TOKYO (Reuters) - Japan’s new leader and Washington’s envoy bonded over a football helmet on Thursday as they sought to allay concerns about their alliance after an election win by Yukio Hatoyama’s party, which has pledged a more independent diplomatic course.
The prospect of a Democratic Party administration in Japan, ruled for most of the past half-century by conservatives who put the U.S. partnership at the core of their security stance, has raised worries in Washington about a tilt away from the alliance.
Most analysts say no huge shift is in store after Hatoyama takes up the premiership on September 16, but investors are also concerned about a possible rocky road ahead.
Eager to soothe concerns, Japan’s next leader and the U.S. envoy to Tokyo stressed shared interests on Thursday — including memories of college days.
“We talked about the very deep relationship between the United States and Japan,” U.S. ambassador John Roos said after a meeting that began with a chat about their common alma mater, Stanford University, and American football while Hatoyama displayed a red and white helmet inscribed with an “S.”
“We spent a lot of time talking about how to enhance and further deepen that relationship across a broad range of issues, not only strategic issues, but scientific issues, cultural matters ... because the two countries have shared values and shared interests,” Roos told reporters.
“We have lot of work to do but we are going to do it together,” added Roos, a lawyer and major donor to President Barack Obama’s campaign, who assumed the post last month.
The meeting followed an early morning phone conversation in which Hatoyama sought to reassure Obama that the relationship would stay central to Tokyo’s diplomacy.
“I told him we think the U.S.-Japan alliance is the foundation (of Japanese diplomacy) and I would like to build U.S.-Japan relations with eyes on the future,” Hatoyama said.
The Democratic Party of Japan (DPJ) pledged in their campaign platform to create a more equal partnership with Washington while forging warmer ties with Asian neighbors such as China.
The U.S.-educated Hatoyama also raised eyebrows in Washington with a recent essay, published in English, in which he attacked the “unrestrained market fundamentalism” of U.S.-led globalization. He has since sought to play down those comments.
U.S. officials including Roos himself, however, have raised eyebrows in Tokyo by forcefully reiterating Washington’s position that deals on U.S. forces in Japan were not up for renegotiation.
“Obama needs to send a message to the whole administration to bite their tongues or they will provoke a fight,” said Columbia University professor Gerry Curtis.
“The internal politics of the DPJ and its coalition don’t allow them to just walk away from his platform a few days after the election. But give them a few months and there will be ways to deal with these issues.”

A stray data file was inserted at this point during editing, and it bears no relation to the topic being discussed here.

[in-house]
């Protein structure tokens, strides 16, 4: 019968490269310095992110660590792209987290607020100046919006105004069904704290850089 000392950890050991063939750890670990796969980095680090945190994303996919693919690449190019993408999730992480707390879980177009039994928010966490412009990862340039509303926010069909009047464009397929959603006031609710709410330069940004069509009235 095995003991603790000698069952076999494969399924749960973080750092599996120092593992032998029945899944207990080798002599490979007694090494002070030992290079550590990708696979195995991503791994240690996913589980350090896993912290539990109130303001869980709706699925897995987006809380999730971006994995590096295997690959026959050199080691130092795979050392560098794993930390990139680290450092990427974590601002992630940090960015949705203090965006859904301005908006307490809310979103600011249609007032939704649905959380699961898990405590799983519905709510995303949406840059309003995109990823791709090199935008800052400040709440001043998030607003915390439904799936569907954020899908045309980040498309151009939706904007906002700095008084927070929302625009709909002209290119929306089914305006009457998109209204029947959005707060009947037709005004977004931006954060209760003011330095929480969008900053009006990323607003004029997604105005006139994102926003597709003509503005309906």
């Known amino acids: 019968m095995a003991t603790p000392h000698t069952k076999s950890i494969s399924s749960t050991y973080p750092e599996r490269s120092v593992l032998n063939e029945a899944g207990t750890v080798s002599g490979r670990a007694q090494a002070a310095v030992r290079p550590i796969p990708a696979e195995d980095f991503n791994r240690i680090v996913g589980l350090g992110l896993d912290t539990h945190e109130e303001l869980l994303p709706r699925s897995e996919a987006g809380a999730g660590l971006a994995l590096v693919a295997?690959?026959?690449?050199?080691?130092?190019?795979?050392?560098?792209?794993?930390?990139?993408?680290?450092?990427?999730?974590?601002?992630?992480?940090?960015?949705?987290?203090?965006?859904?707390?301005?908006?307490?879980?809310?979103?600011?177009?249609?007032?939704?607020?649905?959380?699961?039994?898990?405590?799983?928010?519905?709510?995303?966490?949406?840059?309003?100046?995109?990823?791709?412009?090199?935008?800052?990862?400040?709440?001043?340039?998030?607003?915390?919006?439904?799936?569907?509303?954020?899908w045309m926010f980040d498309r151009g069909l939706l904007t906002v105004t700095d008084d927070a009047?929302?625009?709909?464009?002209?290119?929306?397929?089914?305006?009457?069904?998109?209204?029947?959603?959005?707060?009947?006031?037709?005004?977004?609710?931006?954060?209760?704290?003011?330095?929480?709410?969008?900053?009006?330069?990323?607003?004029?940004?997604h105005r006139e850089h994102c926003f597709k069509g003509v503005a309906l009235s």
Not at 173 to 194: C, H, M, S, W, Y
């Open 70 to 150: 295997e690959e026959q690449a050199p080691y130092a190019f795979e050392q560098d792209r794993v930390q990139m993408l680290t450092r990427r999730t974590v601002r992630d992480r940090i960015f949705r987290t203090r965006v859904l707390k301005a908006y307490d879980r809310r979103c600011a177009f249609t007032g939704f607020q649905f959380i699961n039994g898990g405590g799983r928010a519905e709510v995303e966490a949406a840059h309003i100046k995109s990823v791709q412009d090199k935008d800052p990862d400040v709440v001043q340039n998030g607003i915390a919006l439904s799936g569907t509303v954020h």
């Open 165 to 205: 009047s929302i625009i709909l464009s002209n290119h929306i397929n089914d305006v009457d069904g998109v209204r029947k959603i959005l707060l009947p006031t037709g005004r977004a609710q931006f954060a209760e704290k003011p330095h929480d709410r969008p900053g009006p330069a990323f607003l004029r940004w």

The Democrats, themselves a mix of former members of the Liberal Democratic Party that ruled for decades, ex-socialists and younger conservatives, are trying to form a coalition with two tiny parties, including the leftist Social Democrats, whose support is needed in parliament’s upper house.
The new ruling party has said it wants to re-examine an agreement governing U.S. military forces in Japan and a deal on rejigging U.S. troops under which about 8,000 Marines would leave for the U.S. territory of Guam and a Marine air base be shifted to a less populated part of the southern island of Okinawa.
Asked whether the party still wants to move the Marine base at Futenma away from Okinawa, instead of to the north of the Okinawa island as Tokyo and Washington have agreed, Hatoyama said: “This issue can work out only after wishes of the Japanese and U.S. governments and people of Okinawa come together.”
“I understand this won’t be solved quickly, but we are not changing our thinking,” he said, adding that building a trusting relationship with Obama was important when seeking a review on the future of U.S. military bases in Japan.
Few analysts expect a Democratic Party government to make big changes in the alliance, given Japan’s reliance on the U.S. nuclear umbrella to protect it from such regional threats as unpredictable neighbor North Korea.
But Washington would do well to avoid a strident tone in talks with Japan’s government-in-waiting, some analysts said.
“Japan is so heavily reliant on the United States that radical change is not going to happen,” said Koichi Nakano, a professor at Tokyo’s Sophia University.
“But American senior officials taking such a haughty stance after the Japanese people have spoken in favor of a change of government is not diplomatically very sound.
“They have to be careful. They don’t want a backlash.”
Additional reporting by Yoko Nishikawa and Yoko Kubota; Editing by bill Tarrant